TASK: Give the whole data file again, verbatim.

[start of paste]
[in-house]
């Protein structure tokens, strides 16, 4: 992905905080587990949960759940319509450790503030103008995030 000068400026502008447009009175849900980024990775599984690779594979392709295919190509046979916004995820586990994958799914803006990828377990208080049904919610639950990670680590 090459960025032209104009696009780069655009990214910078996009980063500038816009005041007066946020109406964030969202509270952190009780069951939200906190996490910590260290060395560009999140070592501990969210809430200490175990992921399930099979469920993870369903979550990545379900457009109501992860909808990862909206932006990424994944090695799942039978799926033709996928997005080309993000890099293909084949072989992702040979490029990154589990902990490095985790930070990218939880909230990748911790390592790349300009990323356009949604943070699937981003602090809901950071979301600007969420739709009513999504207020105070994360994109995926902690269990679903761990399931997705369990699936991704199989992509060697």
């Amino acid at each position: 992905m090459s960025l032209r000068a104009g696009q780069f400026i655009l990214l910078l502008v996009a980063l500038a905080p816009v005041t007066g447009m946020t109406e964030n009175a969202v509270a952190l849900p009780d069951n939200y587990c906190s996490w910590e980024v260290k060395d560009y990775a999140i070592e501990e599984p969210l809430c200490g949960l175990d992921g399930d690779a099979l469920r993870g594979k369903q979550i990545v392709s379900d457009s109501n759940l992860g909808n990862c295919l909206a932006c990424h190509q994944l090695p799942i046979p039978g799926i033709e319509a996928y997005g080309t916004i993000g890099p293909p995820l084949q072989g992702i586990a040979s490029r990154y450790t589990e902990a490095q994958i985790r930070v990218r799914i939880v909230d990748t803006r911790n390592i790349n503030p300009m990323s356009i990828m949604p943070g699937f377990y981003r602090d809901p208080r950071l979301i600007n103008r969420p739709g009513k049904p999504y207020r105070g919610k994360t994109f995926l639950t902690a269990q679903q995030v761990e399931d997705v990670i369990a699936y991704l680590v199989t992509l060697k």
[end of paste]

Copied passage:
[in-house]
């Protein structure tokens, strides 16, 4: 992905905080587990949960759940319509450790503030103008995030 000068400026502008447009009175849900980024990775599984690779594979392709295919190509046979916004995820586990994958799914803006990828377990208080049904919610639950990670680590 090459960025032209104009696009780069655009990214910078996009980063500038816009005041007066946020109406964030969202509270952190009780069951939200906190996490910590260290060395560009999140070592501990969210809430200490175990992921399930099979469920993870369903979550990545379900457009109501992860909808990862909206932006990424994944090695799942039978799926033709996928997005080309993000890099293909084949072989992702040979490029990154589990902990490095985790930070990218939880909230990748911790390592790349300009990323356009949604943070699937981003602090809901950071979301600007969420739709009513999504207020105070994360994109995926902690269990679903761990399931997705369990699936991704199989992509060697």
């Amino acid at each position: 992905m090459s960025l032209r000068a104009g696009q780069f400026i655009l990214l910078l502008v996009a980063l500038a905080p816009v005041t007066g447009m946020t109406e964030n009175a969202v509270a952190l849900p009780d069951n939200y587990c906190s996490w910590e980024v260290k060395d560009y990775a999140i070592e501990e599984p969210l809430c200490g949960l175990d992921g399930d690779a099979l469920r993870g594979k369903q979550i990545v392709s379900d457009s109501n759940l992860g909808n990862c295919l909206a932006c990424h190509q994944l090695p799942i046979p039978g799926i033709e319509a996928y997005g080309t916004i993000g890099p293909p995820l084949q072989g992702i586990a040979s490029r990154y450790t589990e902990a490095q994958i985790r930070v990218r799914i939880v909230d990748t803006r911790n390592i790349n503030p300009m990323s356009i990828m949604p943070g699937f377990y981003r602090d809901p208080r950071l979301i600007n103008r969420p739709g009513k049904p999504y207020r105070g919610k994360t994109f995926l639950t902690a269990q679903q995030v761990e399931d997705v990670i369990a699936y991704l680590v199989t992509l060697k």